The storm of the century has cleared San Francisco's homeless population off of the streets and into shelters that opened just for the occasion, officials said Thursday.
Churches and homeless shelters that normally close for the day early in the morning were open around-the-clock as the much-hyped rainstorm rolled across the Bay Area.
The City's homeless outreach teams were on call throughout the day, directing any people left on the streets to church basements, neighborhood homeless shelters and other indoor dry spaces offered for the duration of the storm.
About 200 people were huddled in St. Boniface Church in the Tenderloin, and nearby St. Anthony's Dining Room was expecting to serve hot meals to as many as 3,000 people, spokesman Karl Robillard said.
There are over 6,400 people sleeping on streets or in homeless shelters on any given night in San Francisco, and only 1,139 shelter beds to serve them.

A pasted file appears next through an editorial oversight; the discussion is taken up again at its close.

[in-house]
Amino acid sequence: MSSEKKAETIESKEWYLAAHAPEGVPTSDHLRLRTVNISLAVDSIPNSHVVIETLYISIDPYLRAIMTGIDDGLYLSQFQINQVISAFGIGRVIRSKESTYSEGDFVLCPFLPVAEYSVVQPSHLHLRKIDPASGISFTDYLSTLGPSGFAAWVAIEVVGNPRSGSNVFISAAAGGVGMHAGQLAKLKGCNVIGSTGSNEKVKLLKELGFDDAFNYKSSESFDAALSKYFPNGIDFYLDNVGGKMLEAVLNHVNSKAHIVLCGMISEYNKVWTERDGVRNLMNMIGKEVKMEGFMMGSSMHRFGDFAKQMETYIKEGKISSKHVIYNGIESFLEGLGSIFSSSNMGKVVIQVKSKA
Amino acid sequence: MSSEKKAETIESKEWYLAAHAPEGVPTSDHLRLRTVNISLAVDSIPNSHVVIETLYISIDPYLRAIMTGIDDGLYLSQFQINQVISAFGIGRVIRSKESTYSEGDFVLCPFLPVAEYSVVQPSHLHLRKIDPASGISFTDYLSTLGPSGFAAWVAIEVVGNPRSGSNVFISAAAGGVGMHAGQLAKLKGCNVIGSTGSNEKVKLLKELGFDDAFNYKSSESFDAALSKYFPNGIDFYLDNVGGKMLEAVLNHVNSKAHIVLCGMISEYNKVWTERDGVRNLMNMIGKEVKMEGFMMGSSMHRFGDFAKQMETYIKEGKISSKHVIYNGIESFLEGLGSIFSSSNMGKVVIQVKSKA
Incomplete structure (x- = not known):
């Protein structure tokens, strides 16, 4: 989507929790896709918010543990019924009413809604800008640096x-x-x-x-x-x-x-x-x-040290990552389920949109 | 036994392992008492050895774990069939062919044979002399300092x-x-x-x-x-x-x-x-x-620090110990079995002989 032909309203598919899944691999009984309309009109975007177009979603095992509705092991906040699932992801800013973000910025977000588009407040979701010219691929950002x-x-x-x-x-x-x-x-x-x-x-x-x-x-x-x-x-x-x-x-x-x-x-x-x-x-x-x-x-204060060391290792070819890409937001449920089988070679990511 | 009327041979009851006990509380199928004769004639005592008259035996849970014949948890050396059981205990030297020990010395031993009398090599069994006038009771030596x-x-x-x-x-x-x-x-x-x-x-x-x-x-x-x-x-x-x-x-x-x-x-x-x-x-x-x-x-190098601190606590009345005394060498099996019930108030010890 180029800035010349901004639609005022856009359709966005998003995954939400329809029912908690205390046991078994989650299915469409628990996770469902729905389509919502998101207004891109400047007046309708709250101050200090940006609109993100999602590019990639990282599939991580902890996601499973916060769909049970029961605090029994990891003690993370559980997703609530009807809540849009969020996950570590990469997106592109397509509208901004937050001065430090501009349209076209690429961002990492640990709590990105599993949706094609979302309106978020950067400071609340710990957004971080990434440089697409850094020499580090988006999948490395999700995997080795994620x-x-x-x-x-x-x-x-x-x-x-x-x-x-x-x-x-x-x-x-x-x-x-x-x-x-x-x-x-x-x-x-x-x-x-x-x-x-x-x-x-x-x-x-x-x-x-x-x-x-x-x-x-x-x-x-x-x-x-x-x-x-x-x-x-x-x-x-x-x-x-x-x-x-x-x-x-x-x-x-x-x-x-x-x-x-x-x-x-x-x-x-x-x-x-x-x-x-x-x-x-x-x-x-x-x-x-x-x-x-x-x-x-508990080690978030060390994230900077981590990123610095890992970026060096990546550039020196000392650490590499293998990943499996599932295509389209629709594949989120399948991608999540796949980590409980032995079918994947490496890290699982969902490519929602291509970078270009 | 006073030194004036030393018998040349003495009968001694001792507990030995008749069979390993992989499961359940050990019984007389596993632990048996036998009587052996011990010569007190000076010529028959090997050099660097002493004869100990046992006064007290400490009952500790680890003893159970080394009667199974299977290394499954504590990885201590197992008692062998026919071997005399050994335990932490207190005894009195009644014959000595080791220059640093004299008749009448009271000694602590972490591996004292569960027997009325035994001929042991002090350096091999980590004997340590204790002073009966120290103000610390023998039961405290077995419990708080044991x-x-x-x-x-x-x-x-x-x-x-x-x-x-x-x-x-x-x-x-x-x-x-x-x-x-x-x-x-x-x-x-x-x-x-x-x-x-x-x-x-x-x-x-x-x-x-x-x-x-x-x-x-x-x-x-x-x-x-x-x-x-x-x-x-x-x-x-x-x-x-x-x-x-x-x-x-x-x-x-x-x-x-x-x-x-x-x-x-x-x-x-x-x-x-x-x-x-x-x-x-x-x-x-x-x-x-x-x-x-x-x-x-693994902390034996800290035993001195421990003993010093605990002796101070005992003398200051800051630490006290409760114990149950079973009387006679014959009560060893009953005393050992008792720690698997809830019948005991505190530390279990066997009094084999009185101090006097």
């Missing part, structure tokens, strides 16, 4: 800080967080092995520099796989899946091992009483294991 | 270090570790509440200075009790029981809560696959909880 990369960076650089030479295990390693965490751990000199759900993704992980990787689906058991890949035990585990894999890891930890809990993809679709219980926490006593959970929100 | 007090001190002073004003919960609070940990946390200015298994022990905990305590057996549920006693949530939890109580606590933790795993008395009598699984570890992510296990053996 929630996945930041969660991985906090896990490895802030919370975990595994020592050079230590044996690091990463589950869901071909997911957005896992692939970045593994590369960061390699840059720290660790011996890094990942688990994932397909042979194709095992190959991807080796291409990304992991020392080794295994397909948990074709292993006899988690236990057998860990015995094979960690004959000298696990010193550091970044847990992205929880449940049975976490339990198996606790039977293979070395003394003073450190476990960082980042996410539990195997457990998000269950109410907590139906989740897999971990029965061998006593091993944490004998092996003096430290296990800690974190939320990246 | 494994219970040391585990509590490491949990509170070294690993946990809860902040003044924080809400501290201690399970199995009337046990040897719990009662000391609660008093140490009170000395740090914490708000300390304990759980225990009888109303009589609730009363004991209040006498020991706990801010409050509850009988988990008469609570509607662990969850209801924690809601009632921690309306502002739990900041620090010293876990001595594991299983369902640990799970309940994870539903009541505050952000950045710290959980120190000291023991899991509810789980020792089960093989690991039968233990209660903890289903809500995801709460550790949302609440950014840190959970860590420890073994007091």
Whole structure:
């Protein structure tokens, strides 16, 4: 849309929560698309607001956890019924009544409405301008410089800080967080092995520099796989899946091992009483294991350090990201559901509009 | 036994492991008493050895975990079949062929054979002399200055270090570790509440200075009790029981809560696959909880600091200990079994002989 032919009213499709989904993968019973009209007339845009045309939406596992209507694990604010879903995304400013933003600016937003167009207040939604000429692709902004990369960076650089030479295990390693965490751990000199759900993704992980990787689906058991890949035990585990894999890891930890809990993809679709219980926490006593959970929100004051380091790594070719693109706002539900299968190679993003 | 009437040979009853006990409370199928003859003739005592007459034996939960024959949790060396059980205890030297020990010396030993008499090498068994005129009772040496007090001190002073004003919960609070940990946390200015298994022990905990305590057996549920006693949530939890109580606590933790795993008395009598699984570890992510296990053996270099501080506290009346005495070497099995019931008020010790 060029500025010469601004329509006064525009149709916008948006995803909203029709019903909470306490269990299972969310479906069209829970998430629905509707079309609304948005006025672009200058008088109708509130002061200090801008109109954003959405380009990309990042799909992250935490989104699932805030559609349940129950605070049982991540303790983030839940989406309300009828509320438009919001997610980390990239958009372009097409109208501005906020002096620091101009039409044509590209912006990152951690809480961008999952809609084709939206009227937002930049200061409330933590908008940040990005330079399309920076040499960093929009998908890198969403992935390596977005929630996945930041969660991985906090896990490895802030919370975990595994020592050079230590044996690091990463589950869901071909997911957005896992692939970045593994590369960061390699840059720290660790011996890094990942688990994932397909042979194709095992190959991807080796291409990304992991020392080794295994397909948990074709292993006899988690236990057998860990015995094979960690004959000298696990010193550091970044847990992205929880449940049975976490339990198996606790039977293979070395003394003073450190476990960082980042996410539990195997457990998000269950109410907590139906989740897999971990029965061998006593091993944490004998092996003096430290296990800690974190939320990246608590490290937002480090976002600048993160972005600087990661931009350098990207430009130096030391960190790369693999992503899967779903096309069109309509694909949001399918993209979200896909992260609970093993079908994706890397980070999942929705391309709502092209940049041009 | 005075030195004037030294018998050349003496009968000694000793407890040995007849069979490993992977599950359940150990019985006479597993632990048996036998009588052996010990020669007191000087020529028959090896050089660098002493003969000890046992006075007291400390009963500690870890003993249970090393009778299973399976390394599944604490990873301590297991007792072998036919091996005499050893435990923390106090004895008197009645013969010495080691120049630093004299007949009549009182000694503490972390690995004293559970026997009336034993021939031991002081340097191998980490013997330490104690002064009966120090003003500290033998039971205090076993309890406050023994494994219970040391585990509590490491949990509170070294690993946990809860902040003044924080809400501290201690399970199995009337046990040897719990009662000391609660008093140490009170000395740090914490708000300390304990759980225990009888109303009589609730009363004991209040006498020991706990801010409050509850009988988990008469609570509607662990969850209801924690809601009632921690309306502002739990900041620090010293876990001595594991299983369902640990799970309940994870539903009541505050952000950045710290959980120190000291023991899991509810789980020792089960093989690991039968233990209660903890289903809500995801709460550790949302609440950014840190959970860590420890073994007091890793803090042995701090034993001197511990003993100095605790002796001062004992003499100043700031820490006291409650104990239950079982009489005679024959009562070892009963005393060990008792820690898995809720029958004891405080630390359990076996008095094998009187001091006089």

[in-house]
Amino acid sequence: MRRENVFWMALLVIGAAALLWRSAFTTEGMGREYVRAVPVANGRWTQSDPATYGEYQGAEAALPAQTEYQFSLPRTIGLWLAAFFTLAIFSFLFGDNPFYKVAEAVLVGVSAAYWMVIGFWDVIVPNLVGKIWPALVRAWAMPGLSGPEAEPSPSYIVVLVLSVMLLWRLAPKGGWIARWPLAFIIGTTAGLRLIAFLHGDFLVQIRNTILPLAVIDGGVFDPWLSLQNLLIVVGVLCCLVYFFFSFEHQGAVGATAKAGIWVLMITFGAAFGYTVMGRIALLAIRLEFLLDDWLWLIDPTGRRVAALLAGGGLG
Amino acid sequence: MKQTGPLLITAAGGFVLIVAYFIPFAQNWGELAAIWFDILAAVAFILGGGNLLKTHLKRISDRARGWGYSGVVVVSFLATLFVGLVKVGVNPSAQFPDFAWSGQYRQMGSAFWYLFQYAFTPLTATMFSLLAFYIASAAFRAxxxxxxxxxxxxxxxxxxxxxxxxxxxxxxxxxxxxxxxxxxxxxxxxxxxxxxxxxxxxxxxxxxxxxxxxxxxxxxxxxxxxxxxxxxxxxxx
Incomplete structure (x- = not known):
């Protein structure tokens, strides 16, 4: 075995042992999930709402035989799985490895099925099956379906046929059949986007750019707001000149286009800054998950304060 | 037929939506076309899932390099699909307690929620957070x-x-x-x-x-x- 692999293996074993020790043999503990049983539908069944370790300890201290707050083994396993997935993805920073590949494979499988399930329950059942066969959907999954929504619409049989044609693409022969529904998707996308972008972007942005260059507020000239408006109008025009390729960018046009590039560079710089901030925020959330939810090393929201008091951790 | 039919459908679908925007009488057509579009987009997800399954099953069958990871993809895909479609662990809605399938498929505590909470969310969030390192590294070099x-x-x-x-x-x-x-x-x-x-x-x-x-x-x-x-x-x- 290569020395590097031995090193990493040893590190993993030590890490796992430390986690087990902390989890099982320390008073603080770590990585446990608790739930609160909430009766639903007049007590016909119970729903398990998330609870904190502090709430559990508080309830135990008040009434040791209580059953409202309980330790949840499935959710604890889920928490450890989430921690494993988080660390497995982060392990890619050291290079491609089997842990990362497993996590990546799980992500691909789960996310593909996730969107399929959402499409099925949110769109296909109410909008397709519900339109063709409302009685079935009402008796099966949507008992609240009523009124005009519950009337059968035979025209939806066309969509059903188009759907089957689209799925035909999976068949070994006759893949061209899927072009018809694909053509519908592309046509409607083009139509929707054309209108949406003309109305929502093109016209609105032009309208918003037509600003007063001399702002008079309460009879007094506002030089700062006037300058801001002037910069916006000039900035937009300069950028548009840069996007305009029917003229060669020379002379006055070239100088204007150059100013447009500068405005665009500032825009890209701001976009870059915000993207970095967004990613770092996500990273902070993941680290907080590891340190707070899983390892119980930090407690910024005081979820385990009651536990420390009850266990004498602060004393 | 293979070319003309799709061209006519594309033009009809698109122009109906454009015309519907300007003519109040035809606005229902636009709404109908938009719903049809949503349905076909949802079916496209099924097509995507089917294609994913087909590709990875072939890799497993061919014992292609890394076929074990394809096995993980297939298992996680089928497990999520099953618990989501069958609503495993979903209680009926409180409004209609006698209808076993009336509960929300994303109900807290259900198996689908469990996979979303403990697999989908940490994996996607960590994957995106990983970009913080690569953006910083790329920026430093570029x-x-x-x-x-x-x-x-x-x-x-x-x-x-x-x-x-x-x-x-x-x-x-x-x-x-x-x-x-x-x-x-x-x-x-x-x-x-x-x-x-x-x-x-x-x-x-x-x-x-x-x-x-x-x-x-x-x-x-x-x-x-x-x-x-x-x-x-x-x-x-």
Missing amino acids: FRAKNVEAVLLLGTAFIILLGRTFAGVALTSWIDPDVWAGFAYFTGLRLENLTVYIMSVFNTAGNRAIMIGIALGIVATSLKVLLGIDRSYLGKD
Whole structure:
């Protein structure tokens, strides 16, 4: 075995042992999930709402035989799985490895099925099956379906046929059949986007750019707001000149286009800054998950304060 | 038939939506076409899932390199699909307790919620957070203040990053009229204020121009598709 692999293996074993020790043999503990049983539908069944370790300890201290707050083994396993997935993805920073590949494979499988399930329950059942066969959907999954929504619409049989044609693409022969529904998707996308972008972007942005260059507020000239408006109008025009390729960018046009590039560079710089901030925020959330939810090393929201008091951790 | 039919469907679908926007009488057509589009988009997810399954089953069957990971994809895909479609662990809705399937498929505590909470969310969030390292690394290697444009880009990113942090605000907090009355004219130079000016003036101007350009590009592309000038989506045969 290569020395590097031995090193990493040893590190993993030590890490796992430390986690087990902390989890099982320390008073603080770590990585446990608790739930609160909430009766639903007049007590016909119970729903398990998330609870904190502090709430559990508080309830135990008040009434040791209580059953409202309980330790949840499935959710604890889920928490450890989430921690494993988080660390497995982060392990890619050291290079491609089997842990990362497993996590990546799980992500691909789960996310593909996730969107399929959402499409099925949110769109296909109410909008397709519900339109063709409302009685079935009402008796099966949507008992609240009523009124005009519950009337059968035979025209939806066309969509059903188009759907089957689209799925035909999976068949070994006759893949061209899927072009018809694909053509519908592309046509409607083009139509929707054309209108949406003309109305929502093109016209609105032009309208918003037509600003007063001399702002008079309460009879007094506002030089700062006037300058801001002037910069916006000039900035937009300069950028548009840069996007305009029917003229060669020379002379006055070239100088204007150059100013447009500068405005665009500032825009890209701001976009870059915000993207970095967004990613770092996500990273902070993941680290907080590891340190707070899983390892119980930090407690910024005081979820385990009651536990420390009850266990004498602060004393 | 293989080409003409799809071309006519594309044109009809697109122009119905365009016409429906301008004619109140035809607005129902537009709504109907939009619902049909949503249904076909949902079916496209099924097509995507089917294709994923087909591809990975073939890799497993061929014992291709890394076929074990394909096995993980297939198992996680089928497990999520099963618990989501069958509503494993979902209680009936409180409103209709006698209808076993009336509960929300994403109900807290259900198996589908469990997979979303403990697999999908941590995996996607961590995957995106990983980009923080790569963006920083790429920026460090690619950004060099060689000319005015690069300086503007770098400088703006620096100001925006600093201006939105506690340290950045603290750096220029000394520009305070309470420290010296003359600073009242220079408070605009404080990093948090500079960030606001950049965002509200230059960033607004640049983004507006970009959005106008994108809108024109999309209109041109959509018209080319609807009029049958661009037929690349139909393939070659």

About 1,000 of The City's homeless are youths, and with San Francisco Unified School District closed for the day, places like the First Friendship Church on Steiner Street was offering space for families with no place to go.
Homeless outreach teams were also out in force Wednesday, informing people of the increased availability for shelter and services during bad weather.
The message seemed to get out.
Before the storm Wednesday night, streets typically full of people were nearly empty, said Bevan Dufty, the Mayor's Office homeless czar.
“And when the rains came, that led any last recalcitrants to finally come inside,” he said.
Some homeless folks did choose to stay outside for the storm, though not without shelter.
The tent city on Division Street underneath the U.S. Highway 101-Interstate 80 overpass was in place Wednesday night, Dufty said.